Europe and the US have increased their economic sanctions against Russia over claims of the Kremlin’s renewed backing for pro-Russian separatists fighting on the Russia-Ukraine border. ‘Russia’s support for the separatists and violations of Ukraine’s sovereignty has continued,’ said President Barack Obama. New targets include Gazprombank, Novatek, Vnesheconombank (VEB), and Rosneft, in the first direct target of the banking, military, and energy sectors. The sanctions are a result of consultations with EU leaders, though their corresponding package of measures is ‘less ambitious’. Europe is seeking to block loans for new projects in Russia by the European Investment Bank and the European Bank for Reconstruction and Development – despite the fact that Russia holds shares in the latter. President Vladimir Putin says the new measures will lead to a ‘dead end’ in terms of diplomatic relations with the US. Foreign Minister Sergei Lavrov says Obama’s position regarding Russia is ‘sad’. Rosneft head Igor Sechin says the sanctions are illegal. Putin has proposed that the BRICS countries set up an energy association and fuel reserve.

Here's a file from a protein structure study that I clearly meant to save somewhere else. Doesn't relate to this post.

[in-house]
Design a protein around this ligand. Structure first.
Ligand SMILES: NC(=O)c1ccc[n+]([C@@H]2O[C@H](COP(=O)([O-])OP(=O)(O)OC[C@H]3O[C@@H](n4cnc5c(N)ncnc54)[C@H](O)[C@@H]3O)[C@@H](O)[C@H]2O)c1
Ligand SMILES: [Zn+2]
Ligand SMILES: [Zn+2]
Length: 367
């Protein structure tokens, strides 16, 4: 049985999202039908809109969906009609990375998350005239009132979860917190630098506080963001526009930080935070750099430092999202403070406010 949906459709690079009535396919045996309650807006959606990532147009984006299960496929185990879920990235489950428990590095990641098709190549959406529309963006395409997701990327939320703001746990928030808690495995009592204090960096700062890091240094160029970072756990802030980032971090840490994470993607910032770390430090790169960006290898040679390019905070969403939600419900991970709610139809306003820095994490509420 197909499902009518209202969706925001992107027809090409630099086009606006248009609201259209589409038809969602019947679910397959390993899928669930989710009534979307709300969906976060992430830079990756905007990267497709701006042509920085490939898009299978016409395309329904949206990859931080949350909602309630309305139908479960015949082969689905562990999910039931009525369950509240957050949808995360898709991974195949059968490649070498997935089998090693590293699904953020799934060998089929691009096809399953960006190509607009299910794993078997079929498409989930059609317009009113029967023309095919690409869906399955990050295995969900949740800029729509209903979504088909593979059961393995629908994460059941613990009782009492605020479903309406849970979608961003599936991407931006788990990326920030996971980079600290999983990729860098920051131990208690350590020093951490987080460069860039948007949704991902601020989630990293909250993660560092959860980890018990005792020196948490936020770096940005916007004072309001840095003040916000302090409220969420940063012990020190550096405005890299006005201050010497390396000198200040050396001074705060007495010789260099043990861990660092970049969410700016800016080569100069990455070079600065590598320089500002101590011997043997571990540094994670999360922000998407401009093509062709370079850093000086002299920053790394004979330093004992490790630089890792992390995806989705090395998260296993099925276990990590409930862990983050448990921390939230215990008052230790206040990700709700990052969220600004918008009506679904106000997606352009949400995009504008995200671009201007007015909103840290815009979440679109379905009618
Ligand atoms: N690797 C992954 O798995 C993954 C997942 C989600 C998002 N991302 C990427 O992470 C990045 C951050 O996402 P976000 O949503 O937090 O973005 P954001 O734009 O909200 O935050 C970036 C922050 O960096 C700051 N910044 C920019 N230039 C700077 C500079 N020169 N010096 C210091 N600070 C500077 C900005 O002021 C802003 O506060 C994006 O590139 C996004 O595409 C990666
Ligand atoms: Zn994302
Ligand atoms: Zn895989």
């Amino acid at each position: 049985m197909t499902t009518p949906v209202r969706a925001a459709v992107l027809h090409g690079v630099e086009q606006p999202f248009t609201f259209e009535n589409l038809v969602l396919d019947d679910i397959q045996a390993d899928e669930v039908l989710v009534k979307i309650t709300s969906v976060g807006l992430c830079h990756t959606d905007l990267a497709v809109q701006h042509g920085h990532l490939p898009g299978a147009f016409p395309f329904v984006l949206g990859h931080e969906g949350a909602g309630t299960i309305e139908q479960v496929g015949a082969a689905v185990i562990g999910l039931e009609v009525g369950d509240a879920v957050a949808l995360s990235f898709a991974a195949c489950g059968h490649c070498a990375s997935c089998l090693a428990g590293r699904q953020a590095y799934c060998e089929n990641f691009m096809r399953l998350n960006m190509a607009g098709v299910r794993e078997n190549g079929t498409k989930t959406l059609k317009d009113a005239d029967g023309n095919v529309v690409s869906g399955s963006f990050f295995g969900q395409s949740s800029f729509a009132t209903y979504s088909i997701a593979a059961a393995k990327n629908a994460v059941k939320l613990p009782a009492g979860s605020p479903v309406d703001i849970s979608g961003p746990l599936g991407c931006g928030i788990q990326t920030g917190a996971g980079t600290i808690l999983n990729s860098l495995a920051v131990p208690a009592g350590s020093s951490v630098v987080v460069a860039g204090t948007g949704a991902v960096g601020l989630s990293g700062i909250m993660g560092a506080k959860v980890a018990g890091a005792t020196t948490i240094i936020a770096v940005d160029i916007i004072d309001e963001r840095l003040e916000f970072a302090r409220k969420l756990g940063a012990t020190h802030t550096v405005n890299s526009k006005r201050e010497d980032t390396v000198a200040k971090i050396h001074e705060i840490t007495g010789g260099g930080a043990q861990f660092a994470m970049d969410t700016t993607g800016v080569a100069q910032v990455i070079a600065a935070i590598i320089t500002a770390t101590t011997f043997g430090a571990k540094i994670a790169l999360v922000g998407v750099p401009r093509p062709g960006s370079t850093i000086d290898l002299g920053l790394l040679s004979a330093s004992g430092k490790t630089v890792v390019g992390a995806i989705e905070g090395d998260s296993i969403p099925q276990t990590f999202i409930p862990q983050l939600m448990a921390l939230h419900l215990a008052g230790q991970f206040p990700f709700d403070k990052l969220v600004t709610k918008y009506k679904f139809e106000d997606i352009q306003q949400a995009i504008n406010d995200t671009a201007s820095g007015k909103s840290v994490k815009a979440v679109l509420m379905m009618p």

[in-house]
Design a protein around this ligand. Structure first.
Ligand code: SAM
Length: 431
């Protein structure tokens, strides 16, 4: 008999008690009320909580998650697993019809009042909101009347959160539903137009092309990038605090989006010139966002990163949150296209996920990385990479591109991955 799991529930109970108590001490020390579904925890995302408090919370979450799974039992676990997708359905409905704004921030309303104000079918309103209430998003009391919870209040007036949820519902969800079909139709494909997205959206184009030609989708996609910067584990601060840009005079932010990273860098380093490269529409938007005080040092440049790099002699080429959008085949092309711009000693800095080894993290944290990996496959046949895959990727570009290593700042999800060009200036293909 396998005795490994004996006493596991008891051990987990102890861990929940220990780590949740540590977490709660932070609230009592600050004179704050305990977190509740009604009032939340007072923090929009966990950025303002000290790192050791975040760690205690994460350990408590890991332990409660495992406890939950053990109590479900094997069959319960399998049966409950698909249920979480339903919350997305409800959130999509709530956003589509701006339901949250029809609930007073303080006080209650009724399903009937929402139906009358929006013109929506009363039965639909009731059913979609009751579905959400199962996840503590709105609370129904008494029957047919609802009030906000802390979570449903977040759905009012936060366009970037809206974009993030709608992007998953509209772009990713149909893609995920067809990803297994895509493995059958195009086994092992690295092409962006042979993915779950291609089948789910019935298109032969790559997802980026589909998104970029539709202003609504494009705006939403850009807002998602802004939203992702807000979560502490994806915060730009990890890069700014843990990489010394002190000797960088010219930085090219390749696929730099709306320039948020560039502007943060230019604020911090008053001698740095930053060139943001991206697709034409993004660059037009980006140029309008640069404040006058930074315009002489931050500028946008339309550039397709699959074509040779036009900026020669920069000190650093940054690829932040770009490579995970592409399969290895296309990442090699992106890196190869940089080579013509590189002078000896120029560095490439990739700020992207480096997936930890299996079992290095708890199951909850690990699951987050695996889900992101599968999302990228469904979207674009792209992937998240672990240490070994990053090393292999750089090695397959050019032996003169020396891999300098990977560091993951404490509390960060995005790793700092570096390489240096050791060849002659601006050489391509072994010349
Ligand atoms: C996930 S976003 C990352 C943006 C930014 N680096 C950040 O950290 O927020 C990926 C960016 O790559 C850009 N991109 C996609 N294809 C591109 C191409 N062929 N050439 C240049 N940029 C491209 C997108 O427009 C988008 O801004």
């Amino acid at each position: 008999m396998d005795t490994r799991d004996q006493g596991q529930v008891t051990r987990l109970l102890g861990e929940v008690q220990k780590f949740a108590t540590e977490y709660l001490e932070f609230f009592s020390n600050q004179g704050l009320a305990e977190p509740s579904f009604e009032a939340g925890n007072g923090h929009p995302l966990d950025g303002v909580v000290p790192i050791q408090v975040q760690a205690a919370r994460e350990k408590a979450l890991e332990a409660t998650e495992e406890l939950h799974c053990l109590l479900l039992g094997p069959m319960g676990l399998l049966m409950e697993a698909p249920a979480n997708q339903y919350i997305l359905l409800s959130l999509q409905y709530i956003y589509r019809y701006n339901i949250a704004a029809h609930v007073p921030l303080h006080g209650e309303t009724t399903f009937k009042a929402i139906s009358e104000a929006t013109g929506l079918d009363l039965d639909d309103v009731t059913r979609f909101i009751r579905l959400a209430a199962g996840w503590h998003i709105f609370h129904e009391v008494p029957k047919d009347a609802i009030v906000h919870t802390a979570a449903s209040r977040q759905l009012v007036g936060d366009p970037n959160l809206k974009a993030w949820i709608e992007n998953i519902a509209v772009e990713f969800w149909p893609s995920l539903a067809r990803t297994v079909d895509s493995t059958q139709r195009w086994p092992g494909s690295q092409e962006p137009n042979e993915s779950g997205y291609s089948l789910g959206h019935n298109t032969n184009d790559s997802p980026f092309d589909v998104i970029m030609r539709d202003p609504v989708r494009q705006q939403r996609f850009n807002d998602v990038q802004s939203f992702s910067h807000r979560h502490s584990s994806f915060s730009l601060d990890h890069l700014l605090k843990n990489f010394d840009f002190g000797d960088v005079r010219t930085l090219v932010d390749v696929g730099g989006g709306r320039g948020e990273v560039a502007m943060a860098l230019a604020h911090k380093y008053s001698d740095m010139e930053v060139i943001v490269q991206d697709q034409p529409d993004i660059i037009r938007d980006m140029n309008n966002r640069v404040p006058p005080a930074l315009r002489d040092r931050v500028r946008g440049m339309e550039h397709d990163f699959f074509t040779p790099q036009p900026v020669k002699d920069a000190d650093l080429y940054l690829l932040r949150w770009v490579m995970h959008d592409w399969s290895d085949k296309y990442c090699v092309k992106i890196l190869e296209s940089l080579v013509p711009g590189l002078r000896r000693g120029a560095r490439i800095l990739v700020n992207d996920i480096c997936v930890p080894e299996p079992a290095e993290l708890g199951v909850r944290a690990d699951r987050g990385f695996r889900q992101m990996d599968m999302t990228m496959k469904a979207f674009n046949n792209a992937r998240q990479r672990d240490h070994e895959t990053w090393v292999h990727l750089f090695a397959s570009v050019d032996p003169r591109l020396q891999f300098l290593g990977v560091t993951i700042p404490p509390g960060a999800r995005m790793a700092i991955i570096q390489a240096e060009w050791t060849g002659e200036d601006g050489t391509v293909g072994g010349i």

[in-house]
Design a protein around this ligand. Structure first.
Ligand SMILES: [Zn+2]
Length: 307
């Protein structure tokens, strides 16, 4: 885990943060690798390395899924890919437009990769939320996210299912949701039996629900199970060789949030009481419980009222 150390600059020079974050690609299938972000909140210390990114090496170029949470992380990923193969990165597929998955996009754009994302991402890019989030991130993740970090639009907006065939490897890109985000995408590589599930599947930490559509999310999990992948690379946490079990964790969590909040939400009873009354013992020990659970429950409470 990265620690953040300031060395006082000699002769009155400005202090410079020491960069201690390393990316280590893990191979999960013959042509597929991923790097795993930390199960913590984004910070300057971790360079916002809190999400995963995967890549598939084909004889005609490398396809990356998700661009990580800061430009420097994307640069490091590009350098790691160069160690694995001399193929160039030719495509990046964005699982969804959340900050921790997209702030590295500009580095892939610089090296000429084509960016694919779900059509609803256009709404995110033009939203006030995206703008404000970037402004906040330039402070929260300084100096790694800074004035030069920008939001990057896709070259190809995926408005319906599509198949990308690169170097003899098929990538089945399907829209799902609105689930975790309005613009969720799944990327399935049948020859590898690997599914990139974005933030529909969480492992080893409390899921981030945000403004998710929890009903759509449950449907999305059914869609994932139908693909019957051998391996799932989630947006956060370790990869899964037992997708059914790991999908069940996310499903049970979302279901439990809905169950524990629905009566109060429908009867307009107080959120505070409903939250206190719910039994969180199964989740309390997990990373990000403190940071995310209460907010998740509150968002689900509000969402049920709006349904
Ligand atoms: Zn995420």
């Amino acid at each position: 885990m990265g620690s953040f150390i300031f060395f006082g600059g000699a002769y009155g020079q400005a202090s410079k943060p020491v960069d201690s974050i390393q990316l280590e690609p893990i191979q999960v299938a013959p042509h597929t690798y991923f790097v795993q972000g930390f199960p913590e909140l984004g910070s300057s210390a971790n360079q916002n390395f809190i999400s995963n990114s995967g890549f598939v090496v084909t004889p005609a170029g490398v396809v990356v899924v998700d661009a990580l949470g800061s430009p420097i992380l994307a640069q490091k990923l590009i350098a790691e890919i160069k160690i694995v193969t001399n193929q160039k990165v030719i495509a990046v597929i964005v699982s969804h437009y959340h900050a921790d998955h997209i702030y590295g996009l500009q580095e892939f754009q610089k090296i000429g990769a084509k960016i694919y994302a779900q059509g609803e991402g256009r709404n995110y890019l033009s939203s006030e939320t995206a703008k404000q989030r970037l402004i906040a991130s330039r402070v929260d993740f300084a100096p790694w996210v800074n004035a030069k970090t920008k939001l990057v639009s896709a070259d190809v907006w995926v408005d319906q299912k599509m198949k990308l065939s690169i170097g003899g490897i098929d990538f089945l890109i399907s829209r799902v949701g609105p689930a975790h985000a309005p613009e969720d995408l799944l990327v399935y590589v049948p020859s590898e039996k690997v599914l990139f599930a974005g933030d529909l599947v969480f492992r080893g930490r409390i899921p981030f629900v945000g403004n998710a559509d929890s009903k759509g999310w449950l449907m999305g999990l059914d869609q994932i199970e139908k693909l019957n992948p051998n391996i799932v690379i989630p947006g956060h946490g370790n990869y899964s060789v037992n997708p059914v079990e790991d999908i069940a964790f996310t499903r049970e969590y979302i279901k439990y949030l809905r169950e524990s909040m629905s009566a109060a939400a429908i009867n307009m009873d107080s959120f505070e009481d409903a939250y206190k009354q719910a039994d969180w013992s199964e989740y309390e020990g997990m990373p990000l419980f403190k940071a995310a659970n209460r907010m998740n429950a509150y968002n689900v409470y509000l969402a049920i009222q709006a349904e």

TODAY: Putin wants to use BRICS to defend against Western sanctions; BRICS announce HQ of bank and plot a currency reserve; Russia and Ukraine still trading accusations over fighting; former Interior Ministry officials admit to abusing power; activist faces 5 years for tugging policeman’s sleeve; obscenity law to trash independent film. 22 dead in Moscow train accident.